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Tuesday 27 December 2005
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NIGERIA: Trial of tenofovir as a prophylactic against HIV suspended


[This report does not necessarily reflect the views of the United Nations]


DAKAR, 29 March (PLUSNEWS) - Nigeria has become the third country to halt clinical trials of the antiretroviral (ARV) drug tenofovir as a prophylactic against HIV after the US-based supervisor of the trials found that proper standards were not being observed.

"Regrettably, the tenofovir study in Nigeria will not be continuing because FHI has determined that the study team is not at this point able to comply with all of the standards that have been established for conducting this study," Family Health International (FHI) said in a statement earlier this month.

Tenofovir is an ARV drug that is widely used to treat people living with AIDS, but trials of the drug as a prophylactic that might stop people contracting the virus have been dogged by controversy.

FHI has also been forced to suspend trials of tenofovir as a prophylactic in Cambodia and Cameroon because of concerns about the way in which sex workers who volunteered to take part in the experiment were being treated.

Beth Robinson, a member of FHI's research department in the United States, told PlusNews that the clinical trial in Nigeria involved 130 sex workers in the southwestern city of Ibadan and had been under way since July 2004.

The trial had been supervised by a doctor from the Faculty of Medicine of Ibadan University, but doubts had arisen over the quality of controls which the physician and his team had exercised, she said.

"During the course of five visits to the test sites in recent months, it was apparent that the local teams were having problems in following the correct procedures in the laboratory and also on the ground," Robinson said without elaborating.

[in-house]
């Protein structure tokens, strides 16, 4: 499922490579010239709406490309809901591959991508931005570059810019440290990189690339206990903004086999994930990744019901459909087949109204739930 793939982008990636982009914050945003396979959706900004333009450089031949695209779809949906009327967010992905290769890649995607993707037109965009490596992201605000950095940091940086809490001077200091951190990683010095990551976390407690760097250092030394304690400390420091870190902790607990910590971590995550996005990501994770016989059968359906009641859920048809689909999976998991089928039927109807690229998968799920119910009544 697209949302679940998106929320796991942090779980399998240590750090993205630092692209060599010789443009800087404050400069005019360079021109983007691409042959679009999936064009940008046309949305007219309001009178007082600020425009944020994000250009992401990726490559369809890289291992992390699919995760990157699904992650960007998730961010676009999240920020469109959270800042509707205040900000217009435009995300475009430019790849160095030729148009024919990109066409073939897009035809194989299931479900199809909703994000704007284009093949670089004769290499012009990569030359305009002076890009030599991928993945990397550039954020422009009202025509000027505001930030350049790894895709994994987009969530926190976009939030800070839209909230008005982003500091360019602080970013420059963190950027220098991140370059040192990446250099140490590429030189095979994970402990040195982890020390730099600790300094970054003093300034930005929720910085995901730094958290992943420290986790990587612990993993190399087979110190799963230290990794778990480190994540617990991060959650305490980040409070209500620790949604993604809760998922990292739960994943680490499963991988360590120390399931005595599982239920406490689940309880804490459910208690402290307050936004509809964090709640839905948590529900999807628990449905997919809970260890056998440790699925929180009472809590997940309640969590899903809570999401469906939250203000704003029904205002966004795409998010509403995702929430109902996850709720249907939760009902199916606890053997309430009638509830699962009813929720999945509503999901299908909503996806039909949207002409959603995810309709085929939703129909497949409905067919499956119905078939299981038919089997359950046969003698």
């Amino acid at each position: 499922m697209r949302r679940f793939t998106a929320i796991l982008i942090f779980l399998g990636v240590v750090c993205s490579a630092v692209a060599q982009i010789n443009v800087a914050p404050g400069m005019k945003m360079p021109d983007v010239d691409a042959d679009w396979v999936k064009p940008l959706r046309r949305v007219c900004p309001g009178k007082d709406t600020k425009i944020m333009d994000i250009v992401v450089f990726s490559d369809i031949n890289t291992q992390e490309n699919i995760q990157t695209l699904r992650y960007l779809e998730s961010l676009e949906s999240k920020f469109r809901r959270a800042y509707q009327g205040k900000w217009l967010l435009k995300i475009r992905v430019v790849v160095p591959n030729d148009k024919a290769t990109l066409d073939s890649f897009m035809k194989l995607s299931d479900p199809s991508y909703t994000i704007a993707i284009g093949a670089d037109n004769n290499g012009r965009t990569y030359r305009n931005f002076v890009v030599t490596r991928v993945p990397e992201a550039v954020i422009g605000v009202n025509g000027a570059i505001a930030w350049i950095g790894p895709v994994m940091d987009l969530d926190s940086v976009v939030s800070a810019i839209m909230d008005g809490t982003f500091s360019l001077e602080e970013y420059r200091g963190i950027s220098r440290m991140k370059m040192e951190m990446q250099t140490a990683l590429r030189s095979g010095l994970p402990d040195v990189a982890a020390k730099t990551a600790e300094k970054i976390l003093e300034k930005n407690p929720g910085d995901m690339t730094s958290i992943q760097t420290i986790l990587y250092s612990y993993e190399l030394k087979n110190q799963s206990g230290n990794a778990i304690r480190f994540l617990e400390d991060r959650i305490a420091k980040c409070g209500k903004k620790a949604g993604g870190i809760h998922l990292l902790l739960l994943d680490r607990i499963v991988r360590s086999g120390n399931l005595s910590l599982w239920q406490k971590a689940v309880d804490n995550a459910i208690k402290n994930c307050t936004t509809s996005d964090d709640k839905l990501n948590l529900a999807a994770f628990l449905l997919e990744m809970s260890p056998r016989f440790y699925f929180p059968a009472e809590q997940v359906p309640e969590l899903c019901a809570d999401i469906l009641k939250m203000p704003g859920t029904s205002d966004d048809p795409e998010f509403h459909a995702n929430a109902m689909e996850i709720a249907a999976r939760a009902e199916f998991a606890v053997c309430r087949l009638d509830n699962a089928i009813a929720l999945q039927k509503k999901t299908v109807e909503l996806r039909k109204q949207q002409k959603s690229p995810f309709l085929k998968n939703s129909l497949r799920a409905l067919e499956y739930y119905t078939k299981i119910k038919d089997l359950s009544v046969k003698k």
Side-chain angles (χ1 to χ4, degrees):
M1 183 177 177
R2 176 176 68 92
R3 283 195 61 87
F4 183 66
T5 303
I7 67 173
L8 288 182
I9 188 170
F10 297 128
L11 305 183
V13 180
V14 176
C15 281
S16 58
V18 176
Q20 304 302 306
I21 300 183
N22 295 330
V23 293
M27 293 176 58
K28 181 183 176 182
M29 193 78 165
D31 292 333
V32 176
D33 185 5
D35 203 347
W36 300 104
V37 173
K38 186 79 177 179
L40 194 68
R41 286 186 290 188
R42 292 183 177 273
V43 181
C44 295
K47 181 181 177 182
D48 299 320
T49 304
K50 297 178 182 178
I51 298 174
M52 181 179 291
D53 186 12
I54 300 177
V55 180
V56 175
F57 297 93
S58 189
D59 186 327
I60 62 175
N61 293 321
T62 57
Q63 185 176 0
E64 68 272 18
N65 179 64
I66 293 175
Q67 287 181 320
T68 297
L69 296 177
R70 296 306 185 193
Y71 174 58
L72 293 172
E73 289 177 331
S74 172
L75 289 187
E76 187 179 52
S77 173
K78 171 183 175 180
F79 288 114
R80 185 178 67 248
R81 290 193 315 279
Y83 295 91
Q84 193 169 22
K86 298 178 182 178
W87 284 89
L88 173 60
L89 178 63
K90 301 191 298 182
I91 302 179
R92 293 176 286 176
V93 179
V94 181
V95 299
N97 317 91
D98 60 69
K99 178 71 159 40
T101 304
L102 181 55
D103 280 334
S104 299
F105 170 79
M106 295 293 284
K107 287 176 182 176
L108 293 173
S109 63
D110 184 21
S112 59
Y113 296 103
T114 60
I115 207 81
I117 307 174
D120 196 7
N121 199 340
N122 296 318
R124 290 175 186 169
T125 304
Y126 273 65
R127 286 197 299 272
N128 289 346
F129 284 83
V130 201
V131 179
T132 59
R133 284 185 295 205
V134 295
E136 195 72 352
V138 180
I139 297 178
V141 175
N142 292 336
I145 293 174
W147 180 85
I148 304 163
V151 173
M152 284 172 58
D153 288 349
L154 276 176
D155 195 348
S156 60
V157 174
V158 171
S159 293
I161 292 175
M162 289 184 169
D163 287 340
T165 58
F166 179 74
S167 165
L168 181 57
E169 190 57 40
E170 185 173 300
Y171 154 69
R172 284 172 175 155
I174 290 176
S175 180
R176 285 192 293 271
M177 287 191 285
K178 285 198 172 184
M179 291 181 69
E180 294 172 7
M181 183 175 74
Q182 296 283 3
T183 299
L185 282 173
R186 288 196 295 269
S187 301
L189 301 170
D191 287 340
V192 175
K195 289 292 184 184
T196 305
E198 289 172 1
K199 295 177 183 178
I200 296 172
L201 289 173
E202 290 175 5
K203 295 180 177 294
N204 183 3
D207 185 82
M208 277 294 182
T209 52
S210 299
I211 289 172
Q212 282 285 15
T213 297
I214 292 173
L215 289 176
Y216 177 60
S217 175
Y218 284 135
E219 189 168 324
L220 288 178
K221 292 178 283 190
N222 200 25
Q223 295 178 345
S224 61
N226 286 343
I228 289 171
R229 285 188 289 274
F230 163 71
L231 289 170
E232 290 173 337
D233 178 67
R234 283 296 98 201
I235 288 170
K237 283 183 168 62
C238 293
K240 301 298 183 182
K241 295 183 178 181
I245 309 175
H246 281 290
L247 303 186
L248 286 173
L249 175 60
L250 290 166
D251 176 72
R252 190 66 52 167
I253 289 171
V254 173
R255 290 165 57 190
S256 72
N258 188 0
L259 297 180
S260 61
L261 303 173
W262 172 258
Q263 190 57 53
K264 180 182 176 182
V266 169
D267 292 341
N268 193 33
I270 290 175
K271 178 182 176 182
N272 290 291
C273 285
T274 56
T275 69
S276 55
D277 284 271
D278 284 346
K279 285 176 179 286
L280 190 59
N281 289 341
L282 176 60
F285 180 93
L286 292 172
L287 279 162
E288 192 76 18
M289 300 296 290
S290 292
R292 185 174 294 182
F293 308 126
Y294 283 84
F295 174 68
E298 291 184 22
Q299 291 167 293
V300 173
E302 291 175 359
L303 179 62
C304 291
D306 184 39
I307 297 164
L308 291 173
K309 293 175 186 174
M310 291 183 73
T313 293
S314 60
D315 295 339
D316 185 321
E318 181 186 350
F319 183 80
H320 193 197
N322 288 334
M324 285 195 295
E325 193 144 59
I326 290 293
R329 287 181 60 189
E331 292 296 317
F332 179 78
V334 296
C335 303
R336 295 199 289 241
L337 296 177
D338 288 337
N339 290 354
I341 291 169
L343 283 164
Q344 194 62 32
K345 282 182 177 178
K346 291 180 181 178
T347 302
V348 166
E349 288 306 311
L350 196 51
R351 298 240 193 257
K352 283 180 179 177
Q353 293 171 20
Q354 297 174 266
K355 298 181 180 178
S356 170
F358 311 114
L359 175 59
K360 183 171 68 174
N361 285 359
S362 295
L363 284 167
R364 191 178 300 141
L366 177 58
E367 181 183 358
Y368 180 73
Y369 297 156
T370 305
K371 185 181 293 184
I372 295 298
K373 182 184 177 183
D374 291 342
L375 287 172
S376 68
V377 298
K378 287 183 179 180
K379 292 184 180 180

She pointed out that the sex workers who were taking part in the Nigerian trials would receive free follow-up medical care for three months following their suspension.

Last February, a wave of protests by AIDS advocacy groups in France and Cameroon persuaded the government of Cameroon to halt similar tenofovir trials being carried out by FHI on sex workers in the port city of Douala.

The Ministry of Health ruled that the women taking part were not sufficiently aware of the risks involved, and had not been provided with health care should they become infected with HIV during the course of the trials.

Tenofovir is manufactured by the California-based pharmaceutical company Gilead Sciences and has been sold under the brand name Viread for the past three years.

Laboratory testing of tenofovir on monkeys proved 100 percent successful in preventing them from contracting the simian version of HIV, so human trials on the use of tenofovir as a prophylactic began last year.

Despite their suspension in Cambodia, Cameroon and Nigeria, these trials are still under way in Ghana and among males from the gay communities of Atlanta and San Francisco in the United States.

Further clinical trial are due to start in Malawi and Botswana.

Selected sex workers are tested for HIV and are then given one tenofovir pill per day or a placebo over a period of several months. At the end of the programme, the women are tested again to see whether they are still free of the virus.

FHI says that all the women taking part in the African trials have access to condoms and health facilities during the course of the programme. But women sex workers on the streets of Africa don't always dictate the terms of their trade, as many of their clients refuse to wear a condom.

[ENDS]




 
Recent NIGERIA Reports
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HIV testing campaign draws poor response,  13/Oct/05
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